Just a few weeks ago, Phillips in association with auction house Bacs and Russo held its auction in New York where 100% of the lots and over $35 million worth of watches sold. This auction marked several important milestones for the house, which today announced the most successful year in its history, both live and digitally online. The annual auction total was over $209 million – a first for an auction house. Interestingly, while the number was up 57% from 2020, that was nearly 90% growth from pre-pandemic sales numbers in 2019.
“The watch auction market has grown exponentially and we have seen a massive increase in global auction participants this year,” says Aurel Bacs, Senior Consultant at Phillips in association with Bacs and Russo. “Phillips has organized our sales with the utmost attention to detail, selecting only the highest quality watches, which is reflected in the fact that we have sold 100% of the watches offered this year.”
In fact, this year sold at 100% was also a first for an auction house in history, and Phillips can boast that more than 27 of its watches have passed the million dollar mark. Notable world records have been set for some watches in particular, including an Omega, Philippe Dufour, Roger Smitha and others. Additionally, Phillips’ retail destination, Perpetual, both online and through a dedicated store, saw unprecedented growth in 2021 compared to 2020 with a 245% increase in sales.
In a private interview, Paul Boutros, Americas director of watches for Phillips, said that many factors have contributed to the sensational growth in the pre-owned watch market. “The market is the strongest it has ever been for collectible watches with an unprecedented number of people discovering the watches. The supply is so low and cannot meet the demand. The pandemic is one reason, but another is the influence of social media, the number of celebrities wearing more and more beautiful watches on their feeds and in movies, and the fact that there is a lot of cash. cryptocurrency and they are looking for physical assets so they can have fun with their money.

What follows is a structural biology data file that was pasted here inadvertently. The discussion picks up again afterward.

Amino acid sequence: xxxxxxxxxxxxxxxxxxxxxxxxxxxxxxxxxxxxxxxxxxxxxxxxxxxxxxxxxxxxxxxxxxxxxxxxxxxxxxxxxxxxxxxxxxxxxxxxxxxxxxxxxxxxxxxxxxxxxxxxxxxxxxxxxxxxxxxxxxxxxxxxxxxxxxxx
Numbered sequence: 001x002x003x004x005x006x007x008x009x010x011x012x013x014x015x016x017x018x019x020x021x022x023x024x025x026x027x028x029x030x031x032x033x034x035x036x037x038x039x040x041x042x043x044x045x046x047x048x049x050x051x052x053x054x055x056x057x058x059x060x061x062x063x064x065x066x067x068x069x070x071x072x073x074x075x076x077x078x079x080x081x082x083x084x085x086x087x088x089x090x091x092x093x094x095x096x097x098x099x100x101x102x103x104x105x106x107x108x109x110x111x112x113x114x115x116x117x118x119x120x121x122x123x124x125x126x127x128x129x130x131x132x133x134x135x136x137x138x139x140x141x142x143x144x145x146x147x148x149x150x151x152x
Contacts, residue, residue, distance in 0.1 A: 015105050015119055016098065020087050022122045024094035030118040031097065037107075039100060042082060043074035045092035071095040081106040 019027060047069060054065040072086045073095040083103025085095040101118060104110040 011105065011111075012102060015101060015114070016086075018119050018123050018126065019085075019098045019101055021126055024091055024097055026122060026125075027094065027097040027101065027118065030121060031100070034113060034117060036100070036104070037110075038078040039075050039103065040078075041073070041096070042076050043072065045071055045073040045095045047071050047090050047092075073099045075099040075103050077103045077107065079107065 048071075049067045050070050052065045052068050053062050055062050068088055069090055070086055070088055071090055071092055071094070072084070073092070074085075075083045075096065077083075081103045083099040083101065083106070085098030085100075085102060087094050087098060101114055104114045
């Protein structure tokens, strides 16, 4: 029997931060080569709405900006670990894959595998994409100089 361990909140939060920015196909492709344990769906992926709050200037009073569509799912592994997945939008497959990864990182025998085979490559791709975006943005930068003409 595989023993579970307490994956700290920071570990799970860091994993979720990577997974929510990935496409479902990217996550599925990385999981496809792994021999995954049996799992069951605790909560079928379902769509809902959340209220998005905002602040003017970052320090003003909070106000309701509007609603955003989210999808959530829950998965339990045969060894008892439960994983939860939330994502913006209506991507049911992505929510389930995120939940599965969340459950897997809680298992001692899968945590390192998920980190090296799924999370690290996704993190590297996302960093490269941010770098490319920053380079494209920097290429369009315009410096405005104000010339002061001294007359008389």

In fact, according to year-end statistics released today by Phillips, auction participants throughout 2021 came from 84 countries and more than 40% of registrants were new to Phillips. About a third of all bidders were under 40 years old.
According to Boutros, with so many brands unable to keep up with demand, customers who want something immediately, especially newcomers to the world of watch collecting, without having to wait years for a particular watch, are turning to the secondary market. The watches they want run the gamut from top brands such as Patek Philippe, Audemars Piguet, A. Lange & Sohne, Rolex and Vacheron Constantin, to smaller independent brands like FP Journe, Richard Mille, MB&F and others.
Perhaps that’s why the Patek Philippe Ref. 5711 Nautilus with Tiffany Blue® dial sold at December auction in New York for $6.5 million. It set a new world record, and all proceeds were donated to The Nature Conservancy, as requested by Tiffany. Prior to the auction, Patek Philippe had announced that it would cease production of the Ref. 5711, but the special edition was announced and sent collectors rushing to get one. Hence the $6.5 million auction for a watch that should have sold for around $50,000 to $120,000.
At that same December auction, which fetched more than $35 million, an Omega Speedmaster once owned by author Ralph Ellison also sold for a record high for that watch: $667,800.
The list goes on and on and records have been set by other auction houses besides Phillips. It is indicative of the good health of the second-hand watch industry for vintage and modern watches (1980 and newer).